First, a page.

Arts 130 Digital Visual Culture

Barthes LEXICON: Rhetoric of the Image

Intellection [2]
'intellection' can refer to the process of understanding, a particular act of the intellect, or an idea as the result of such an act (a thought).

Monica R. Quinlan

Asyndeton [2]
A stylistic scheme in which conjunctions are deliberately omitted from a series of related clauses. Examples are veni, vidi, vici and its English translation "I came, I saw, I conquered."

Lauren Parks

Quasi [2]
Seen on page 25 on Barthes. The word is used in the sentence, "... here there is a loss of the equivalence characteristic of true sign-systems and a positing of a quasi-identity".

Lindsay S. Fletcher

Polysemous [2]

Having multiple meanings

Stephanie Y. Tsuyemura


Privative (adjective): marked by the absence, removal, or loss of some quality or attribute that is normally present (noun): a privative attribute, quality, or proposition

Anndrea F. Nelson

Agglutination [2]

The morphological process of adding affixes to the base of a word; a mass or group formed by the union of separate elements.

Allison T. Cucuiat

Paradigmatic [2]
In linguistics, Ferdinand de Saussure used paradigm to refer to a class of elements with similarities.

Heather Sielke

Posit- To place or put in a position. In article, used in the form "positing"

Claire Doyle

a. Among some phoneticians, phonation is the process by which the vocal folds produce certain sounds through quasi-periodic vibration.

b. Other phoneticians, though, call this process quasi-periodic vibration voicing, and they use the term phonation to refer to any oscillatory state of any part of the larynx that modifies the airstream, of which voicing is just one example.

Yaz Rosete

Surreptitiously [2]
obtained, done, made, etc., by stealth; secret or unauthorized; clandestine: a surreptitious glance.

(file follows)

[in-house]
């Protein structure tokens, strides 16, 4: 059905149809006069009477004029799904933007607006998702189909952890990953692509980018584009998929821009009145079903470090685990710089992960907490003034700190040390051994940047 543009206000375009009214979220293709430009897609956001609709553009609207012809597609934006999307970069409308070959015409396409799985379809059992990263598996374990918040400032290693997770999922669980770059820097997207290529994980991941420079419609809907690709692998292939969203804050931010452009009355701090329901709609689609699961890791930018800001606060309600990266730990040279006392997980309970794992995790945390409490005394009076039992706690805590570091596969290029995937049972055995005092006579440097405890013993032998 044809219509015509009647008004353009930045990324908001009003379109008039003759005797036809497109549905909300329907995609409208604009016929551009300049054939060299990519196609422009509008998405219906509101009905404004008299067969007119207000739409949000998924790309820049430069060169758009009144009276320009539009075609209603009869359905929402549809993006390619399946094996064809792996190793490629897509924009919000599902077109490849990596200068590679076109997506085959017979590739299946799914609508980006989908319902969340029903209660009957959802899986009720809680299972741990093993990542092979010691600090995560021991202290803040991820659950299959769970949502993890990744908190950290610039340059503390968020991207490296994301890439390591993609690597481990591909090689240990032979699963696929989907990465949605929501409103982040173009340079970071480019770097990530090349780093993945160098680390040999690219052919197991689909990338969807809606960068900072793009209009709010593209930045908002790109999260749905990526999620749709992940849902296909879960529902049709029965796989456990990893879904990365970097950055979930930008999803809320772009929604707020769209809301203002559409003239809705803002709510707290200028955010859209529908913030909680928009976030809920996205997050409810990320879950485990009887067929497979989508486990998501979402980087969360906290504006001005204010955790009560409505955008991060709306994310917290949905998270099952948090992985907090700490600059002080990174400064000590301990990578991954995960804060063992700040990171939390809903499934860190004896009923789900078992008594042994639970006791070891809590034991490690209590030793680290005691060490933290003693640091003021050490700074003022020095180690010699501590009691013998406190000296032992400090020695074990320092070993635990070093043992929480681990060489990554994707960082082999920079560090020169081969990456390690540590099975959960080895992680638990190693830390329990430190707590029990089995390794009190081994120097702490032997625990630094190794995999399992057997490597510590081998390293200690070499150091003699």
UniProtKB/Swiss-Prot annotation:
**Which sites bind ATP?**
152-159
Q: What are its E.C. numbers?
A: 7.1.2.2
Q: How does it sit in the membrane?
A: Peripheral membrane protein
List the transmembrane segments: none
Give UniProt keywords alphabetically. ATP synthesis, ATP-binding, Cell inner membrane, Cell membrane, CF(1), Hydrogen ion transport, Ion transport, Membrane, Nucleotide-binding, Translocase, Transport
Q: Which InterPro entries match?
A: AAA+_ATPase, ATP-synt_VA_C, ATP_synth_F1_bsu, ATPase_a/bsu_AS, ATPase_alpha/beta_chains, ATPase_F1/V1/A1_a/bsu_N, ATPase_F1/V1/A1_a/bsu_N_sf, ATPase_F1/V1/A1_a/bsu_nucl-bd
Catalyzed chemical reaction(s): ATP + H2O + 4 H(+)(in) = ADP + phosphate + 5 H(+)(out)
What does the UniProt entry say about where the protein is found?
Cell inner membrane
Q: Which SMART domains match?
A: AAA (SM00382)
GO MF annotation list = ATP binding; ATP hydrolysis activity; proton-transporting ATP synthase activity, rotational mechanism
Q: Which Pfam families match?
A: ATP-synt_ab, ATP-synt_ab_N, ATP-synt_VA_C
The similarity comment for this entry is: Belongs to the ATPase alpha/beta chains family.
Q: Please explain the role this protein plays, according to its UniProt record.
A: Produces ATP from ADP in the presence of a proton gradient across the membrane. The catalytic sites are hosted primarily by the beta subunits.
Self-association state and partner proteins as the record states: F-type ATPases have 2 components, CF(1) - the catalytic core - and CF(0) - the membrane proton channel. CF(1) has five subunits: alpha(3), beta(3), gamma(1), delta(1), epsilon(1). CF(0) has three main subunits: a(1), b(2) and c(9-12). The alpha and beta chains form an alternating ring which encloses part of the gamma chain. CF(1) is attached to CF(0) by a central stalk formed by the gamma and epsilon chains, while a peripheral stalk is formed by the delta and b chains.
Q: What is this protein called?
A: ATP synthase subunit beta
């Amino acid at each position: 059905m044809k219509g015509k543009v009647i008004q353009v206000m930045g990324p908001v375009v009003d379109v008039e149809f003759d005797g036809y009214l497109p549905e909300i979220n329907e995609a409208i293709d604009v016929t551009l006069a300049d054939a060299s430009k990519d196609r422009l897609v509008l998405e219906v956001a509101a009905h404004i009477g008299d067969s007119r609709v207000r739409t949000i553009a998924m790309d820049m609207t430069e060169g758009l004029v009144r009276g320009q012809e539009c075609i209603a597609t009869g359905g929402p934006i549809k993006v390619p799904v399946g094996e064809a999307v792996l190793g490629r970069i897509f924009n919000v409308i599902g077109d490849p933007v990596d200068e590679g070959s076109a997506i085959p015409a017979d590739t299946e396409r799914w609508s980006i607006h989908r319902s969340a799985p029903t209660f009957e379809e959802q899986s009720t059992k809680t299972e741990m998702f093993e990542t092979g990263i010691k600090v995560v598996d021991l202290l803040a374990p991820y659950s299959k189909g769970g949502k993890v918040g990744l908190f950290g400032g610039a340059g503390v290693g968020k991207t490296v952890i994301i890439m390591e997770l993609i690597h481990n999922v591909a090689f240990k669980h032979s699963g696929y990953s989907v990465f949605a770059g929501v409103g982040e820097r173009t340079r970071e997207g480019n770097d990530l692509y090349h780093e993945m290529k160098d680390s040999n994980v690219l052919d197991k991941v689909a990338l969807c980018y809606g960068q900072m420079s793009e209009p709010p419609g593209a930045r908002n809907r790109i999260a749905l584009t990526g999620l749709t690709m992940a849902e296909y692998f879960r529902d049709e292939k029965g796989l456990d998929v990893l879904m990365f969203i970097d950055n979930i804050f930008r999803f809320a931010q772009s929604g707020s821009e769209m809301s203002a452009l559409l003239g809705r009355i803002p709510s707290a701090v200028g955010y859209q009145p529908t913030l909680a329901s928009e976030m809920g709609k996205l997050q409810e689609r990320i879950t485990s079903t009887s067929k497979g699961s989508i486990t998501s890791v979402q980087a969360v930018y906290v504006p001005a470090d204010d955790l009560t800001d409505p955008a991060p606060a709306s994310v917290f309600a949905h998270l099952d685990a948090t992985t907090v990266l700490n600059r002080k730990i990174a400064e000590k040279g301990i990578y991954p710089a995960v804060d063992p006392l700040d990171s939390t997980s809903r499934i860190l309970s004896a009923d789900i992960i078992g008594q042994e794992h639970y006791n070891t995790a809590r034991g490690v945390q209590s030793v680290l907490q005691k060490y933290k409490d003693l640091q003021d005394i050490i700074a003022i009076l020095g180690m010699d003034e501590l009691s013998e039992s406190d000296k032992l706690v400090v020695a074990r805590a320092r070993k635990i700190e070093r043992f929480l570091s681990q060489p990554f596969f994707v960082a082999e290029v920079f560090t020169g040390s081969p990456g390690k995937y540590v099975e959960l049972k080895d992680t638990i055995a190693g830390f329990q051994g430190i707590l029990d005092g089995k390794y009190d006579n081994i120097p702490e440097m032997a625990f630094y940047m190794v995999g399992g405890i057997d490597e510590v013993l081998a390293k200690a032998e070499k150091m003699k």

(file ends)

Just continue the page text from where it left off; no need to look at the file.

Alexander G. Centeno

Idiolect [2]
The speech of an individual, considered as a linguistic pattern unique among speakers of his or her language or dialect.

Carissa A. Zavada

Filiation [2]
Filial relationship especially of a son to his father b : the adjudication of paternity
Descent or derivation especially from a culture or language b : the act or process of determining such relationship

Sevi Khosharay

Syntagm [2]

A syntagmic relationship is one where signs occur in sequence or parallel and operate together to create meaning.

For example, the letters in a word have syntagmic relationship with one another, as do the words in a sentence or the objects in a picture.

Alexander Hartman

Diegesis [2]
A narrative or history; a recital or relation

Georgianna M. Wilson

intonation [2]
Rise and fall of the voice pitch. The pattern or melody of pitch changes in connected speech, esp. the pitch pattern of a sentence, which distinguishes kinds of sentences or speakers of different language cultures.

Blaire Suding

Metonymy [2]
Is a figure of speech used in rhetoric in which a thing or concept is
not called by its own name, but by the name of something intimately
associated with that thing or concept

Amy Moore

To make lucid or clear; throw light upon; explain: an explanation that elucidated his recent strange behavior. To provide clarification; explain.

Michelle Drummy

Of or relating to nourishment or nutrition

Jeffre B. Marsch

Ontology [2]
The branch of metaphysics that studies the nature of existence or
being as such

Anna Campbell